• 1983 – The Church Handbook was updated to state that a church court may be convened to consider serious transgressions including homosexuality and lesbianism but is not required.[355] Some leaders punished even celibate people who confessed to experiencing homosexual feelings.[356]:139
  • 1986 – Dallin H. Oaks commented on a CBS-TV interview that marriage is not doctrinal therapy for homosexual relations, and that he did not know if any leaders had advised homosexual individuals to enter mixed-orientation marriages.[357][32]:393[358]
  • 1987Gordon B. Hinckley of the First Presidency gave an April conference address in which he stated, marriage should not be viewed as a therapeutic step to solve problems such as homosexual inclinations or practices."[333]:13[359]
  • 1989 – The Church Handbook was updated to clarify offenses as homosexual relations rather than just homosexuality itself.[356]:139 Additionally the update required a church court for any homosexual activity by a member holding a prominent church position such as a bishop.[360]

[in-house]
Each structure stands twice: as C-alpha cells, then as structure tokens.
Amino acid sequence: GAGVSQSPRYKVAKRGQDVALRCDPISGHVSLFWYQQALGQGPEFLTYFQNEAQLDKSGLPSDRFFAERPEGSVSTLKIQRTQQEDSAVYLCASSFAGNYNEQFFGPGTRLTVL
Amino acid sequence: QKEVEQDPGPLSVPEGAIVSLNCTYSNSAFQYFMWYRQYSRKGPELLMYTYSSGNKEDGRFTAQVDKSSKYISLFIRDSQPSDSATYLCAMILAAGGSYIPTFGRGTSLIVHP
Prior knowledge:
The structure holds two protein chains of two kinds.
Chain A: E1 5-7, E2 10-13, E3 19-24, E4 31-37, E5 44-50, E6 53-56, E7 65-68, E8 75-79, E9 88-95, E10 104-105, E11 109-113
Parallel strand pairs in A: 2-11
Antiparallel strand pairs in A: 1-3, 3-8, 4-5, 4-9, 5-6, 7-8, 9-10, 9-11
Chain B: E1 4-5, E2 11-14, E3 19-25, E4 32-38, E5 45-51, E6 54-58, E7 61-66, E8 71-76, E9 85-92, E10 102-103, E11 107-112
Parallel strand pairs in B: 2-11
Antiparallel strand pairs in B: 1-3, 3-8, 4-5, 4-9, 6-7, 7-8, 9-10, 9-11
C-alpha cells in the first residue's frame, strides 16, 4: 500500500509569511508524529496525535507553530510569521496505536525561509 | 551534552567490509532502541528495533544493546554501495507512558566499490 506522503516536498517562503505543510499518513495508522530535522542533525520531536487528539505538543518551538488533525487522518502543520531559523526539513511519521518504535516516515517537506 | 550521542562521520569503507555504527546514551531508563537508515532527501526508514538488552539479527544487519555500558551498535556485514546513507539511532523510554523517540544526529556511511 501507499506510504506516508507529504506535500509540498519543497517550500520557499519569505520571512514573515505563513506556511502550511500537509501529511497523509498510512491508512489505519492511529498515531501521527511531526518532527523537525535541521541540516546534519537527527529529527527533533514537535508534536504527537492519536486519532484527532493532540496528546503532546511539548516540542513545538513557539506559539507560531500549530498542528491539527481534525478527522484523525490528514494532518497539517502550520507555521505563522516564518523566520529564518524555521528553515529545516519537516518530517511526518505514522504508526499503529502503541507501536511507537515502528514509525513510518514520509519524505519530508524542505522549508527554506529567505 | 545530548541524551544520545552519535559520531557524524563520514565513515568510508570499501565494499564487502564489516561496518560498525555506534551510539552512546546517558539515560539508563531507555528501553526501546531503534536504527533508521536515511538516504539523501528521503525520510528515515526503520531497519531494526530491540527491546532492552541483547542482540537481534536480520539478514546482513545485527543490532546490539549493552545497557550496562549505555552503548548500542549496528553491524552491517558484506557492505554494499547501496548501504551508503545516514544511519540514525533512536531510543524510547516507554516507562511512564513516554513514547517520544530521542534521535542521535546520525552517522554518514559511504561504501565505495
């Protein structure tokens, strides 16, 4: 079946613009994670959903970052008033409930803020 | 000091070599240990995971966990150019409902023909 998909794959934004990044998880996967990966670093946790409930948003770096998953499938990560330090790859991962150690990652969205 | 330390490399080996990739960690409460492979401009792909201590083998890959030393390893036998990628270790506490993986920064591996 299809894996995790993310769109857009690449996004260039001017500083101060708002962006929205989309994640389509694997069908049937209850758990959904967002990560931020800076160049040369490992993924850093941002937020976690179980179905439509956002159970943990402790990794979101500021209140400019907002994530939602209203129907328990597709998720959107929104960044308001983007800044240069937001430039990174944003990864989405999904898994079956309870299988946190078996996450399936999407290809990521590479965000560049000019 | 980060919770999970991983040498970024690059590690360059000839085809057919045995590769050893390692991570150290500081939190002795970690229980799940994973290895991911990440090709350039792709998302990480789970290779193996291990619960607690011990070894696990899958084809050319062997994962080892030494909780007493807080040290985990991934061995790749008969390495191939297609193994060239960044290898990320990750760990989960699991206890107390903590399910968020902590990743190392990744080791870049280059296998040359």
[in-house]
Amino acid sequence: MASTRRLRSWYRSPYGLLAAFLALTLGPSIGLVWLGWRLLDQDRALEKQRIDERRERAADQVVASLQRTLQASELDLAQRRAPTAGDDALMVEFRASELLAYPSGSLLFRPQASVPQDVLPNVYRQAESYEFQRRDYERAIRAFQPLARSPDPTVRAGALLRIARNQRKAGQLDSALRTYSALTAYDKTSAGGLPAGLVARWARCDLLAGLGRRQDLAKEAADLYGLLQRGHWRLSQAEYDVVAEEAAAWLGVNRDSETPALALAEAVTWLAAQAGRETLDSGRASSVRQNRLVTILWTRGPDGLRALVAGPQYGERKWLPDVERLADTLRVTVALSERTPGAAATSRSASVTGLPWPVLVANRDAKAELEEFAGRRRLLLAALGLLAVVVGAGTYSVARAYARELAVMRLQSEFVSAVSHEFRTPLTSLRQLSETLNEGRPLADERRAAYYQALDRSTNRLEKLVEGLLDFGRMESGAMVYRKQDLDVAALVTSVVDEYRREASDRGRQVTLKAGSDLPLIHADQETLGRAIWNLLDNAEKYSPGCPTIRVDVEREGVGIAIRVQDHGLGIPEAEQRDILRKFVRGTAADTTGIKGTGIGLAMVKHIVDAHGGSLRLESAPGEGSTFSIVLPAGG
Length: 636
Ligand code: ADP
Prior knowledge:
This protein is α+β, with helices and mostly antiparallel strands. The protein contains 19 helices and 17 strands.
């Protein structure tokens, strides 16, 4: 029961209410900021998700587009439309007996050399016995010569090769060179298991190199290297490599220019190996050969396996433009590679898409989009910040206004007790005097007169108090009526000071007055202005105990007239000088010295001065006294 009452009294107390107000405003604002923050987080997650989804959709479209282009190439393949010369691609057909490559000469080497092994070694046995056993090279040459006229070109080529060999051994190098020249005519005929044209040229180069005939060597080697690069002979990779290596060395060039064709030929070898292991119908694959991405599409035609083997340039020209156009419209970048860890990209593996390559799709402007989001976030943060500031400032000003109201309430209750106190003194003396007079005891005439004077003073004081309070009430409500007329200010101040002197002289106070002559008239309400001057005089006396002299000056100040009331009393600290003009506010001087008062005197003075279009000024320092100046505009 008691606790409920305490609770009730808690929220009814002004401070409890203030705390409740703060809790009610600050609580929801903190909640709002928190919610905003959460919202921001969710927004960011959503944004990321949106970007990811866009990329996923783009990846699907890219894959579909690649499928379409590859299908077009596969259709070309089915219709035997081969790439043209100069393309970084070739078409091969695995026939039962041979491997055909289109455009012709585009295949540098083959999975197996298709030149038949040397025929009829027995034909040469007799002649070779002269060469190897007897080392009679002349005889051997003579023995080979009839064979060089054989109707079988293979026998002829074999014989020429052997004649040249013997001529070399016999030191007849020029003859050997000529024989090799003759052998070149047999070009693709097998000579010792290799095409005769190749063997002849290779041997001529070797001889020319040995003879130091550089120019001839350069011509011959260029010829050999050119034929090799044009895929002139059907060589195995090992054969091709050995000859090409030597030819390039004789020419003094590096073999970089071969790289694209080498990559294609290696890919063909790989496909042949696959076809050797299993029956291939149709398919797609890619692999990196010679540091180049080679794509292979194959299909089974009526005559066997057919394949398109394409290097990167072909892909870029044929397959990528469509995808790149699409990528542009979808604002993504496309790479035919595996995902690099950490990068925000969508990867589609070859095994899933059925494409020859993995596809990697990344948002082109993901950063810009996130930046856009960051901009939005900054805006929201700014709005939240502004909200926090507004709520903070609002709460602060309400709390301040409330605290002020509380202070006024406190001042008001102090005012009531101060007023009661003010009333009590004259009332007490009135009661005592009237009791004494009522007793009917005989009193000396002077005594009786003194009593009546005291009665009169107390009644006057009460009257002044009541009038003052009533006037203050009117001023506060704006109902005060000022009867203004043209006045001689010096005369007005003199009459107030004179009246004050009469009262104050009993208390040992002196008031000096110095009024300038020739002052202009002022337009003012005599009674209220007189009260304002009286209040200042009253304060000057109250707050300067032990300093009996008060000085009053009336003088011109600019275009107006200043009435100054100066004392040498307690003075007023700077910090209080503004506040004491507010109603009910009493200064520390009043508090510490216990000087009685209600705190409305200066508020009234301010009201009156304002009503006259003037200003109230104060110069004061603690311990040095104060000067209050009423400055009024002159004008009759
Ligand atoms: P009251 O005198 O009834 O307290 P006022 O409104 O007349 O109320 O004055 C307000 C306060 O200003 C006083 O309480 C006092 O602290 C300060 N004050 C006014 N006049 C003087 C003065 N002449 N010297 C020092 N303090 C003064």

1990s[edit]

  • 1990 – A version of the "For the Strength of Youth" pamphlet first mentioned homosexuality, characterizing it as an unnatural affection, a sex perversion and an abomination.[361][362][363]
  • 1991 – The First Presidency sent a letter on November 14 to be read in all congregations stating homosexual thoughts and feelings can and should be overcome by sincere repentance, persistent effort, the help of others, and counsel from a bishop. The letter made a distinction between thoughts and behavior, and called for love and understanding for those struggling to overcome gay thoughts.[364][365][366]
Cover of a 1992 manual which marked a shift in LDS church rhetoric towards changing homosexual behavior rather than feelings.[12]:40–41
  • 1992 – The church published a guide for local leaders which stated that homosexual feelings can be overcome, and sometimes heterosexual feelings emerge leading to happy, eternal marriage relationships.[100]:6[12]:40–41 The pamphlet did not frame homosexuality as a disease corresponding to the recent change by the World Health Organization removing homosexuality as a mental disorder.[324]
  • 1994 – The First Presidency issued a statement encouraging members to contact their legislators in an effort to reject same-sex marriage.[14][367]